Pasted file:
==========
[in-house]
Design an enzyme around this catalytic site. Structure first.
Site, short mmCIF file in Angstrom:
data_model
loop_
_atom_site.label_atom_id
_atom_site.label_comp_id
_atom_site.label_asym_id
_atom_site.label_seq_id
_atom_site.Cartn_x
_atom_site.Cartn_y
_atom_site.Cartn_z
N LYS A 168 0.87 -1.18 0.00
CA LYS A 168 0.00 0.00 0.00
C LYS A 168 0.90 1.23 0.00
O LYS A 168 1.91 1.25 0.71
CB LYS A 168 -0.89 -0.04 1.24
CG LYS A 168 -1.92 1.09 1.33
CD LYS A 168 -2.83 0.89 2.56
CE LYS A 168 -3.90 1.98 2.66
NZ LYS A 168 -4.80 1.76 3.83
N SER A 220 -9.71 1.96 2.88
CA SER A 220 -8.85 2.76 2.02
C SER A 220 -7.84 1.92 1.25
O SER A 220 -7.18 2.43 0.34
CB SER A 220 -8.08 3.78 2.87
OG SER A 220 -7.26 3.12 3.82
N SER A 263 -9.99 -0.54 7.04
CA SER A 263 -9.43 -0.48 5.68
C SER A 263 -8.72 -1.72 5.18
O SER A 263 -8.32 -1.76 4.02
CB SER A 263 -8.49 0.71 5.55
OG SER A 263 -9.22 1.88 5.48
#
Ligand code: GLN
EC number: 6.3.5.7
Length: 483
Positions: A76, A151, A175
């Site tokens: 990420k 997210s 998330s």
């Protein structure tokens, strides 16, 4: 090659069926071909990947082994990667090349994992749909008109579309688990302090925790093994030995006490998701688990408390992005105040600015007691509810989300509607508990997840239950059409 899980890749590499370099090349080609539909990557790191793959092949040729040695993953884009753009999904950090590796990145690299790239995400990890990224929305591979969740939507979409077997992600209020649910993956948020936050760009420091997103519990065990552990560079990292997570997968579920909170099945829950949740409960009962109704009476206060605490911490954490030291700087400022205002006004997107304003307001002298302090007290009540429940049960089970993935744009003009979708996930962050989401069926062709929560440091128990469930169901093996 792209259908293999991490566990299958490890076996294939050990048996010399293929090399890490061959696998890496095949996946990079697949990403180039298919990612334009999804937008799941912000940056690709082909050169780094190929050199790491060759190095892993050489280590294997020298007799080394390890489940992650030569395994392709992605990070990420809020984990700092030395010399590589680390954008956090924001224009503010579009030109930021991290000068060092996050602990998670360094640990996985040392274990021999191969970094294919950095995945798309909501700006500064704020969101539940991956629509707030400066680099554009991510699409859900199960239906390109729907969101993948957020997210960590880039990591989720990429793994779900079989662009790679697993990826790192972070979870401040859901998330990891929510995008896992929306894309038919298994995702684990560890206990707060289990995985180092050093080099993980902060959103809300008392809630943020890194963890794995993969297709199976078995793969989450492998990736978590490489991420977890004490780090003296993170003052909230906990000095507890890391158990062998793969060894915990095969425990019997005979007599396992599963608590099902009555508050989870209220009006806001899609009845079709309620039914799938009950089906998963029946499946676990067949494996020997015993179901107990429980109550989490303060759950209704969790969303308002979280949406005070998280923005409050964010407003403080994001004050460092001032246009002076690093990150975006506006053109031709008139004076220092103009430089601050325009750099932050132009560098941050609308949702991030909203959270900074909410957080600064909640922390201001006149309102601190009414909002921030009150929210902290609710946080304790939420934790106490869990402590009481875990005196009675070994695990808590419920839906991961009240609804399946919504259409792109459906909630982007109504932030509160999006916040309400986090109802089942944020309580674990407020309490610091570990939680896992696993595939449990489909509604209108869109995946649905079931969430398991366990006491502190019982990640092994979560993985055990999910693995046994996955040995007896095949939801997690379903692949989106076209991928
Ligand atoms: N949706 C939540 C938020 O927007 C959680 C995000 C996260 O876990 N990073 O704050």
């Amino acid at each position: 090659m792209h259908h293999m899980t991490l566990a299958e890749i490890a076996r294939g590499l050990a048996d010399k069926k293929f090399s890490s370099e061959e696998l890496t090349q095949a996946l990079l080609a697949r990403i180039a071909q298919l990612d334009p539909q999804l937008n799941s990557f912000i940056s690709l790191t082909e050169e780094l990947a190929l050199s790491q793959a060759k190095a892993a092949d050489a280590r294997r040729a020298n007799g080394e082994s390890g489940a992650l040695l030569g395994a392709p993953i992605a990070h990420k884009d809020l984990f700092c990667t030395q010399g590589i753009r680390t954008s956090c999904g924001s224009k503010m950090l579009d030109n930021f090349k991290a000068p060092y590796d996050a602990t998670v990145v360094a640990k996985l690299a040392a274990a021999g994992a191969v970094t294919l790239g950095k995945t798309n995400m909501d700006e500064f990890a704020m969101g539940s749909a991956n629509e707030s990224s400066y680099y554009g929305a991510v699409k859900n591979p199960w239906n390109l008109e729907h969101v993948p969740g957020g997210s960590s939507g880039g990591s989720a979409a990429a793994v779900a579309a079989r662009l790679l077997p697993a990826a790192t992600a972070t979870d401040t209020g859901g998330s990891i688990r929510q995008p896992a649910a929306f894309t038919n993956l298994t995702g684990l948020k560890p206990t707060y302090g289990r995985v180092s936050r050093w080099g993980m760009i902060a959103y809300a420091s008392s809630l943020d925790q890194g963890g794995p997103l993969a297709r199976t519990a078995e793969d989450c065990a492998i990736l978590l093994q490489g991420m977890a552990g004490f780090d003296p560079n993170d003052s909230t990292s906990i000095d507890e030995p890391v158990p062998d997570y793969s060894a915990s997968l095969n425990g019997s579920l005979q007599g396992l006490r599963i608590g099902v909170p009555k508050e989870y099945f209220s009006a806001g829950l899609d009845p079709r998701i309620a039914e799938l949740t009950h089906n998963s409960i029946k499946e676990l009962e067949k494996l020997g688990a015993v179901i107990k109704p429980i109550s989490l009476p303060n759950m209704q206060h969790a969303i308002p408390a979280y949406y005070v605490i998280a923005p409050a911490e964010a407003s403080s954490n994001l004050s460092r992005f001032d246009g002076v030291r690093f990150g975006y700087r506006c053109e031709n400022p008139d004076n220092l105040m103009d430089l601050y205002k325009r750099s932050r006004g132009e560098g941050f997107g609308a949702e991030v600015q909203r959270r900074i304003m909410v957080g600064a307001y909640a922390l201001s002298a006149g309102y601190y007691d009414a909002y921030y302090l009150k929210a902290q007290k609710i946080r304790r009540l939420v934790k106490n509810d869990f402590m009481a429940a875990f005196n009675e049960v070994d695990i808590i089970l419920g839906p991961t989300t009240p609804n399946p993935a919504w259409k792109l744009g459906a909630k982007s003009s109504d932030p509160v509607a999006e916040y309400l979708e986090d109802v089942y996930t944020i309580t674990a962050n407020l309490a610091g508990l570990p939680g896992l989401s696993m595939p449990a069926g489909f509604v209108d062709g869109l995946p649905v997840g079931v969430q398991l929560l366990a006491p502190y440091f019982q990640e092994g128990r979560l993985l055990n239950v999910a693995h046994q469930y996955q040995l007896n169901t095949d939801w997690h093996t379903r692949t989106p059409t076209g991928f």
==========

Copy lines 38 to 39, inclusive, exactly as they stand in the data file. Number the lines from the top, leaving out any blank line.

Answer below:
Positions: A76, A151, A175
């Site tokens: 990420k 997210s 998330s």